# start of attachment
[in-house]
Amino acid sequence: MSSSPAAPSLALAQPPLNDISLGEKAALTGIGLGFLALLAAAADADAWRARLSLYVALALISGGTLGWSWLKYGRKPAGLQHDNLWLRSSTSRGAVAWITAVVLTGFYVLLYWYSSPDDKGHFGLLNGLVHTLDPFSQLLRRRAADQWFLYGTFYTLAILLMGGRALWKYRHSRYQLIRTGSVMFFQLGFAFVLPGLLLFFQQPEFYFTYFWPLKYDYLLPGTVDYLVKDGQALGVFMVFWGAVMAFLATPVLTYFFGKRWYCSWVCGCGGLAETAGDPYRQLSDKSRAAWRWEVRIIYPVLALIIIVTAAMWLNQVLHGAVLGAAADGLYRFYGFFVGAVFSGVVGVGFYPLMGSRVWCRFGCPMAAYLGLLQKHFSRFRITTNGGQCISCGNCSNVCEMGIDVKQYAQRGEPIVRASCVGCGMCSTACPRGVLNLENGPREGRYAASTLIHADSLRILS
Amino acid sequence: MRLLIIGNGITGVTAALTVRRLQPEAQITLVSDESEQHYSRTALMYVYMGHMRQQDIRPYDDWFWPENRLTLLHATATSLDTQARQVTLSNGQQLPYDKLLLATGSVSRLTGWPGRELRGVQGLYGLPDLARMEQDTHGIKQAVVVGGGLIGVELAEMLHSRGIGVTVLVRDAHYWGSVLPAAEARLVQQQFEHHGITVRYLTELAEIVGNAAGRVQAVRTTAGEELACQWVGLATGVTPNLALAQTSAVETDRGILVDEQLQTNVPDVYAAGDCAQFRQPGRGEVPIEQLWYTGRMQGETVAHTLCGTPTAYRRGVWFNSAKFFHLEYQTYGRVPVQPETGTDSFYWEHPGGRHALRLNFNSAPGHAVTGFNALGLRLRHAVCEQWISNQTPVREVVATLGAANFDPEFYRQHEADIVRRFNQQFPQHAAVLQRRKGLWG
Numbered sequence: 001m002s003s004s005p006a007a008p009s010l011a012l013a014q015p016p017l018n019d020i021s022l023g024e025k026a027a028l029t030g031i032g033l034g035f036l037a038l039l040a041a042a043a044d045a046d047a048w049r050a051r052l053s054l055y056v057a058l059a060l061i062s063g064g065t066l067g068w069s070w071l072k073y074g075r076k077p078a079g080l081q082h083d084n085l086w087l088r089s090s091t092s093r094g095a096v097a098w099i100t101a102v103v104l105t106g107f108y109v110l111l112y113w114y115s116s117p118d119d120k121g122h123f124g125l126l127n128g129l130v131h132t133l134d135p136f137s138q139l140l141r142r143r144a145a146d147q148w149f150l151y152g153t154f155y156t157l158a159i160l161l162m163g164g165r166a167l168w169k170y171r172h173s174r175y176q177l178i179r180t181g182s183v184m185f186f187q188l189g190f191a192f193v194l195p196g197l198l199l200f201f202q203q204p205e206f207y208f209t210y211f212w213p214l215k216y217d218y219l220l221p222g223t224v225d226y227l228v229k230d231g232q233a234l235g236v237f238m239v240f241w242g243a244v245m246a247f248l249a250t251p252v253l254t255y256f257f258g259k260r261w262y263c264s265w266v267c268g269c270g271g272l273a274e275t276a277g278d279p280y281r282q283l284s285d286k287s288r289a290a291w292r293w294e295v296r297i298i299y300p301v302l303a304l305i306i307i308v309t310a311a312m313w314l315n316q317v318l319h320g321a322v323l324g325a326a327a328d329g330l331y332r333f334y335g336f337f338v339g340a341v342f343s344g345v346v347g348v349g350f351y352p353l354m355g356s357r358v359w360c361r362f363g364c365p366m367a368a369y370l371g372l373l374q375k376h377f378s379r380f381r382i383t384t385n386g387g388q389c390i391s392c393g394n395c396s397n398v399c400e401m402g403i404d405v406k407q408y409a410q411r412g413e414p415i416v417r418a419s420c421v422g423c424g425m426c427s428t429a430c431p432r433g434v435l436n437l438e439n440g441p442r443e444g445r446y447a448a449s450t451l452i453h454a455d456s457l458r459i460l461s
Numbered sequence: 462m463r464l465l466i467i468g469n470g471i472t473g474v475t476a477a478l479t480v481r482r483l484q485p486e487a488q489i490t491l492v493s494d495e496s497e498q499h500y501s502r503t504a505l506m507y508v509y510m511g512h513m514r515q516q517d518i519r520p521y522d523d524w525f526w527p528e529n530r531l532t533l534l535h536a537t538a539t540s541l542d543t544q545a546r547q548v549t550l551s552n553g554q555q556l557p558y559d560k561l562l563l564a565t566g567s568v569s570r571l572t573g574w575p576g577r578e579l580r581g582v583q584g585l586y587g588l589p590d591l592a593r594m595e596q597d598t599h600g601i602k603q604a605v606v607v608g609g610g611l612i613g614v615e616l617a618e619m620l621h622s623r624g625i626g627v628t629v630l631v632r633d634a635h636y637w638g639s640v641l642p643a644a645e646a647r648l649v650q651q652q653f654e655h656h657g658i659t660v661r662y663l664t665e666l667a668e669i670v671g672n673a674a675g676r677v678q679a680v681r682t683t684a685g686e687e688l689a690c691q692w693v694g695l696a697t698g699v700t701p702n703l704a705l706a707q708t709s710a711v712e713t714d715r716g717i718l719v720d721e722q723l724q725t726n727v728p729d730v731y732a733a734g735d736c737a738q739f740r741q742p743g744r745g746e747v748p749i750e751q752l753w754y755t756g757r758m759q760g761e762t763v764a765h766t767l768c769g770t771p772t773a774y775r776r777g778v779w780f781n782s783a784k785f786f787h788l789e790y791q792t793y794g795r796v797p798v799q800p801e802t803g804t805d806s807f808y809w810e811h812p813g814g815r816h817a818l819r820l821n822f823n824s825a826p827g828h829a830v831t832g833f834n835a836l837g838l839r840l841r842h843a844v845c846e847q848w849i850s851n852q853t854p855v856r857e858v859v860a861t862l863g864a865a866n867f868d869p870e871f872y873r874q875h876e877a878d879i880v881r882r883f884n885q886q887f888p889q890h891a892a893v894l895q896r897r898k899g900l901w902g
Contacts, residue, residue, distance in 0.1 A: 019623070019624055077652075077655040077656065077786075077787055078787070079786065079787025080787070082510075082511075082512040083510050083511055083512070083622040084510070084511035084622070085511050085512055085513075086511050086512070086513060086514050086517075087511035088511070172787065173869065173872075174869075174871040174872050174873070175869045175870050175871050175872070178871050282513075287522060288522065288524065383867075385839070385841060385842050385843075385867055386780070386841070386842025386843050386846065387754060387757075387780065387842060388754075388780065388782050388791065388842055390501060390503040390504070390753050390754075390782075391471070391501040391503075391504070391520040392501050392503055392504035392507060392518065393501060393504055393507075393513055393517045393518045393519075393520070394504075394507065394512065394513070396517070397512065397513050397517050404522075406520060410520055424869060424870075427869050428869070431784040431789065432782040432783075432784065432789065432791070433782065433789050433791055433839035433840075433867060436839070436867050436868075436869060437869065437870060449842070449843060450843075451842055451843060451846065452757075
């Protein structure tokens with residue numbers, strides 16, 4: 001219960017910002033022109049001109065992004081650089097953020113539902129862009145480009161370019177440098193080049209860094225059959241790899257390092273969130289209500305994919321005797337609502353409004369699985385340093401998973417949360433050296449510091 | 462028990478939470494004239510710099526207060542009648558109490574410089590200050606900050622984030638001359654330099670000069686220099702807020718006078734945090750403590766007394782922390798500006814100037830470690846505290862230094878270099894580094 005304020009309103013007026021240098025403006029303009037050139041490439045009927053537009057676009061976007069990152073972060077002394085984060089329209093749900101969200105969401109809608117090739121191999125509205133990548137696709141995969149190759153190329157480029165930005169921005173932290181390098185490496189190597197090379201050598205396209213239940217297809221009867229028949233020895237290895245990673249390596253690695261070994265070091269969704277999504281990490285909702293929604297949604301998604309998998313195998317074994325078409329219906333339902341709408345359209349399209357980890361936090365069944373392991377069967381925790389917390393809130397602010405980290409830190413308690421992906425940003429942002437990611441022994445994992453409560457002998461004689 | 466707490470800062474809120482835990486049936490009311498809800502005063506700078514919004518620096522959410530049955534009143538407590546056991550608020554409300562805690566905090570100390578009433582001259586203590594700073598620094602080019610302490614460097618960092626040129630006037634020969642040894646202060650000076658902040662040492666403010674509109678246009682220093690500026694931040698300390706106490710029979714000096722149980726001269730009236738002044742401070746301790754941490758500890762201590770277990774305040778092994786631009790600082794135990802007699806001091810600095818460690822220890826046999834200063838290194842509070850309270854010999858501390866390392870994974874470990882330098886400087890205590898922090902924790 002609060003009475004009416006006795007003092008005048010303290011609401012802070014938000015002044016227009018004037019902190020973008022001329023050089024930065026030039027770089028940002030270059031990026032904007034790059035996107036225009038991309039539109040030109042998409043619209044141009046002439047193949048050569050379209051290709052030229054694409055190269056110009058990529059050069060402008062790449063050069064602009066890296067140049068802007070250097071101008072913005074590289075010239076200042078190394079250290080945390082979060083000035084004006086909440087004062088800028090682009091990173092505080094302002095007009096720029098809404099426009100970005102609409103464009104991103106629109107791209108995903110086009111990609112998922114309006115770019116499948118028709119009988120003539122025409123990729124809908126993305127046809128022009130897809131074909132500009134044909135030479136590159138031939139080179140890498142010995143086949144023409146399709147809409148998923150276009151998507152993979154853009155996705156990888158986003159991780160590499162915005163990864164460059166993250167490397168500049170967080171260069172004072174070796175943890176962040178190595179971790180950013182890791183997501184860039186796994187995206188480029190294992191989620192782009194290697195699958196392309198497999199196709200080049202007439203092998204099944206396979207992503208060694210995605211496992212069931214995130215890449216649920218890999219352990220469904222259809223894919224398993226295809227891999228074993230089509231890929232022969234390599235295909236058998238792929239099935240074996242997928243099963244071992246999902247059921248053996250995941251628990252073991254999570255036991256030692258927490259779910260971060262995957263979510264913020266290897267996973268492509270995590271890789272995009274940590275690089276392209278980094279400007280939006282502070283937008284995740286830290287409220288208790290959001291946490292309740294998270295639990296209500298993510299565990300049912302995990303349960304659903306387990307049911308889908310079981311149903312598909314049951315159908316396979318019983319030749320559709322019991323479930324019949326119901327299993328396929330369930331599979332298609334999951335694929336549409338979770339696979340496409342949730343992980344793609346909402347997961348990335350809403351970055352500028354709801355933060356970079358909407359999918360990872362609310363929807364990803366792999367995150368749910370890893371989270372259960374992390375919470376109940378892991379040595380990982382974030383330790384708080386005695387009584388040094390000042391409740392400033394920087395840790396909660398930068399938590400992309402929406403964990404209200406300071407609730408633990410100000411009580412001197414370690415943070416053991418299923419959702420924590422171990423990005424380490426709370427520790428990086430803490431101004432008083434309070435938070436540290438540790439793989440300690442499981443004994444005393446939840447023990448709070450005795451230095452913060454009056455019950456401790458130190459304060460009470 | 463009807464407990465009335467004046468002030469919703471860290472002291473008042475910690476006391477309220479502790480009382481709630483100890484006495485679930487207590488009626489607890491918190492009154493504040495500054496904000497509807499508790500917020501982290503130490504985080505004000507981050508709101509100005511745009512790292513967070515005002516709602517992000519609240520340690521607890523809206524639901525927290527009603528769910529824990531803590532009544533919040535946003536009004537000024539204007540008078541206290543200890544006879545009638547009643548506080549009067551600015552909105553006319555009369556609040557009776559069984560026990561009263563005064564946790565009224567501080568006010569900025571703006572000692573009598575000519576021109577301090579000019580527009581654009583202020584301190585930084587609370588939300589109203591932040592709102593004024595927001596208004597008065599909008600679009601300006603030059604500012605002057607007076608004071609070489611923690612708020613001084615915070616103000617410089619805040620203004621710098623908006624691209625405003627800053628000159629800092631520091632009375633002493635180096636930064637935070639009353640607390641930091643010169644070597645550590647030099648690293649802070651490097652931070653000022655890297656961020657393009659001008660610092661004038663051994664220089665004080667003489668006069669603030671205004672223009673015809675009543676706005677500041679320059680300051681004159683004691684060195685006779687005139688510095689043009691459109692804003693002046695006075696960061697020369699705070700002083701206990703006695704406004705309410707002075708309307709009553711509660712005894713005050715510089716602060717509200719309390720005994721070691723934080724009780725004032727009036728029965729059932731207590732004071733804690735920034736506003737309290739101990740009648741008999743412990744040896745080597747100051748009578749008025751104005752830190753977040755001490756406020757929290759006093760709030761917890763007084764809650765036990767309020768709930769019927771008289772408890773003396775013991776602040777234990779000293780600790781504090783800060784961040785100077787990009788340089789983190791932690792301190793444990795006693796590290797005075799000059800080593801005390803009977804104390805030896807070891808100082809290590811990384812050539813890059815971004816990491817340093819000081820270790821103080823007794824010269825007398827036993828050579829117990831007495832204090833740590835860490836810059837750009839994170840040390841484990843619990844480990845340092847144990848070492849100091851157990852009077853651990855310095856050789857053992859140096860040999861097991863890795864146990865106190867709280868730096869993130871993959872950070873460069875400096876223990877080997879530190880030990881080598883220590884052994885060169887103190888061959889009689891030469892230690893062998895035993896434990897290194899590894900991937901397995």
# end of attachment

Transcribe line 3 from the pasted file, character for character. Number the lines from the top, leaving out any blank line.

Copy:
Amino acid sequence: MRLLIIGNGITGVTAALTVRRLQPEAQITLVSDESEQHYSRTALMYVYMGHMRQQDIRPYDDWFWPENRLTLLHATATSLDTQARQVTLSNGQQLPYDKLLLATGSVSRLTGWPGRELRGVQGLYGLPDLARMEQDTHGIKQAVVVGGGLIGVELAEMLHSRGIGVTVLVRDAHYWGSVLPAAEARLVQQQFEHHGITVRYLTELAEIVGNAAGRVQAVRTTAGEELACQWVGLATGVTPNLALAQTSAVETDRGILVDEQLQTNVPDVYAAGDCAQFRQPGRGEVPIEQLWYTGRMQGETVAHTLCGTPTAYRRGVWFNSAKFFHLEYQTYGRVPVQPETGTDSFYWEHPGGRHALRLNFNSAPGHAVTGFNALGLRLRHAVCEQWISNQTPVREVVATLGAANFDPEFYRQHEADIVRRFNQQFPQHAAVLQRRKGLWG